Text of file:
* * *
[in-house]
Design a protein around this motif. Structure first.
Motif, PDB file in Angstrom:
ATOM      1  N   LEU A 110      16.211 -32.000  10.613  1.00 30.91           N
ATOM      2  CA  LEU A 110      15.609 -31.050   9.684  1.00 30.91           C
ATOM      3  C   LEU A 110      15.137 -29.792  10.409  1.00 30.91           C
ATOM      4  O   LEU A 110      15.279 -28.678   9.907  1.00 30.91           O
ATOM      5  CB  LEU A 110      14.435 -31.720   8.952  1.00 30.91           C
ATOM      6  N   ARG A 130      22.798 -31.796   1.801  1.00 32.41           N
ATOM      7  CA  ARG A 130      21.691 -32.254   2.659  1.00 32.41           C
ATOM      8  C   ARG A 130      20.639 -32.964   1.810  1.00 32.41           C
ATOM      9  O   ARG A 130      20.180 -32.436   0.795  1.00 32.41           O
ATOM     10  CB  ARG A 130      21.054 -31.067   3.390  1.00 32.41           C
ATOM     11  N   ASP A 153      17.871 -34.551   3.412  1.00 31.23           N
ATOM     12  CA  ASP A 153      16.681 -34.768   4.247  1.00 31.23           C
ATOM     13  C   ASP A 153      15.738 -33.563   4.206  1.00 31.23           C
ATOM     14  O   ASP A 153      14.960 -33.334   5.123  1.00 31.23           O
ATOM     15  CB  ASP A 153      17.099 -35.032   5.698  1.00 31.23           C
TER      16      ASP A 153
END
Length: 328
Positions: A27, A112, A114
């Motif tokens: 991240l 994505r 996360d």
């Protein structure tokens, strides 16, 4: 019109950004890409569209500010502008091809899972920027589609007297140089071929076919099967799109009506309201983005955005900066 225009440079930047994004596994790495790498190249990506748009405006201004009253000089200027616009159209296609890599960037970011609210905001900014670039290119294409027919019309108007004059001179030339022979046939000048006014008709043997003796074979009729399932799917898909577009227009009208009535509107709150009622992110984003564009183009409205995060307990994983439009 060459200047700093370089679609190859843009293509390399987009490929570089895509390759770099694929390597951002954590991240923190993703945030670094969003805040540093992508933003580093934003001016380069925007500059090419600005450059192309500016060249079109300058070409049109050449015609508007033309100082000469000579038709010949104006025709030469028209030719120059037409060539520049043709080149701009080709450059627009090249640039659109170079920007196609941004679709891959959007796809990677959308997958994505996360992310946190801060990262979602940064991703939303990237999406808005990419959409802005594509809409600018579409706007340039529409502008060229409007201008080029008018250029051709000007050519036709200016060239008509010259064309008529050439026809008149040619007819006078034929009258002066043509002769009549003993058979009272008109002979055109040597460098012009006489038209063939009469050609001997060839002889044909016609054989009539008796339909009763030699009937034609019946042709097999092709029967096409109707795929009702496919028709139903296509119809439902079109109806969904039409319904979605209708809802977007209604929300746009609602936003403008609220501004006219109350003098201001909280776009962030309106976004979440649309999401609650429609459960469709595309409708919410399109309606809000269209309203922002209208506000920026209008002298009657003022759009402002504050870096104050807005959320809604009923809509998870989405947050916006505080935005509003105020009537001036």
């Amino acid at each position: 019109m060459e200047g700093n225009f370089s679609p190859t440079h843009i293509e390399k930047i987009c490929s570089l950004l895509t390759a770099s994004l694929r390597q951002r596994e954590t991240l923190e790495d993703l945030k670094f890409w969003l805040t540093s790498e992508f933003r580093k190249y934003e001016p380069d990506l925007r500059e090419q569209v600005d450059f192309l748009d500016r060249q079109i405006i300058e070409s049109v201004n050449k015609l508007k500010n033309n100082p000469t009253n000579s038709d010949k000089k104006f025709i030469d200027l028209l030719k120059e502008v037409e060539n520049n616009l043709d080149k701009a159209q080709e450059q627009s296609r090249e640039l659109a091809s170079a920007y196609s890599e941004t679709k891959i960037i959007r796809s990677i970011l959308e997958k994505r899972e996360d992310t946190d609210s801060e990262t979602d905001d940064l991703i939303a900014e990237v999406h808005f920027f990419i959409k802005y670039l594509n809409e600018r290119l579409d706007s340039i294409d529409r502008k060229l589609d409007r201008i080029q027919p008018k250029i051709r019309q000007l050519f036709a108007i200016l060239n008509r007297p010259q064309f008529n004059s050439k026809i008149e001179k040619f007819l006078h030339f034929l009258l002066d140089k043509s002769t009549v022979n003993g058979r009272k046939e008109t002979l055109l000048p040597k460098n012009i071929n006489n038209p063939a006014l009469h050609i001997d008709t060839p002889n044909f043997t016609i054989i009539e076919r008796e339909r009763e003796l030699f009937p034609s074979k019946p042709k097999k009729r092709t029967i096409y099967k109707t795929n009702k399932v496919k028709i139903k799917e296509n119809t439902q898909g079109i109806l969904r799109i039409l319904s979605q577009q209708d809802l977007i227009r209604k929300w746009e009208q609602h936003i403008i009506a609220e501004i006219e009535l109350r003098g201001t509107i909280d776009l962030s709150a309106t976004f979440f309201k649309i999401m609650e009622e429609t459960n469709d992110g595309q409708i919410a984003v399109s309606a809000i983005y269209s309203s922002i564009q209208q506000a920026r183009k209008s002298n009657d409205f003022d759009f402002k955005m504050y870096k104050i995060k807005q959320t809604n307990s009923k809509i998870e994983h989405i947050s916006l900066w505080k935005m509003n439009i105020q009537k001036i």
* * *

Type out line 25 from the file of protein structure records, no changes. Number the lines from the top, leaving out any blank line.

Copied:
């Amino acid at each position: 019109m060459e200047g700093n225009f370089s679609p190859t440079h843009i293509e390399k930047i987009c490929s570089l950004l895509t390759a770099s994004l694929r390597q951002r596994e954590t991240l923190e790495d993703l945030k670094f890409w969003l805040t540093s790498e992508f933003r580093k190249y934003e001016p380069d990506l925007r500059e090419q569209v600005d450059f192309l748009d500016r060249q079109i405006i300058e070409s049109v201004n050449k015609l508007k500010n033309n100082p000469t009253n000579s038709d010949k000089k104006f025709i030469d200027l028209l030719k120059e502008v037409e060539n520049n616009l043709d080149k701009a159209q080709e450059q627009s296609r090249e640039l659109a091809s170079a920007y196609s890599e941004t679709k891959i960037i959007r796809s990677i970011l959308e997958k994505r899972e996360d992310t946190d609210s801060e990262t979602d905001d940064l991703i939303a900014e990237v999406h808005f920027f990419i959409k802005y670039l594509n809409e600018r290119l579409d706007s340039i294409d529409r502008k060229l589609d409007r201008i080029q027919p008018k250029i051709r019309q000007l050519f036709a108007i200016l060239n008509r007297p010259q064309f008529n004059s050439k026809i008149e001179k040619f007819l006078h030339f034929l009258l002066d140089k043509s002769t009549v022979n003993g058979r009272k046939e008109t002979l055109l000048p040597k460098n012009i071929n006489n038209p063939a006014l009469h050609i001997d008709t060839p002889n044909f043997t016609i054989i009539e076919r008796e339909r009763e003796l030699f009937p034609s074979k019946p042709k097999k009729r092709t029967i096409y099967k109707t795929n009702k399932v496919k028709i139903k799917e296509n119809t439902q898909g079109i109806l969904r799109i039409l319904s979605q577009q209708d809802l977007i227009r209604k929300w746009e009208q609602h936003i403008i009506a609220e501004i006219e009535l109350r003098g201001t509107i909280d776009l962030s709150a309106t976004f979440f309201k649309i999401m609650e009622e429609t459960n469709d992110g595309q409708i919410a984003v399109s309606a809000i983005y269209s309203s922002i564009q209208q506000a920026r183009k209008s002298n009657d409205f003022d759009f402002k955005m504050y870096k104050i995060k807005q959320t809604n307990s009923k809509i998870e994983h989405i947050s916006l900066w505080k935005m509003n439009i105020q009537k001036i």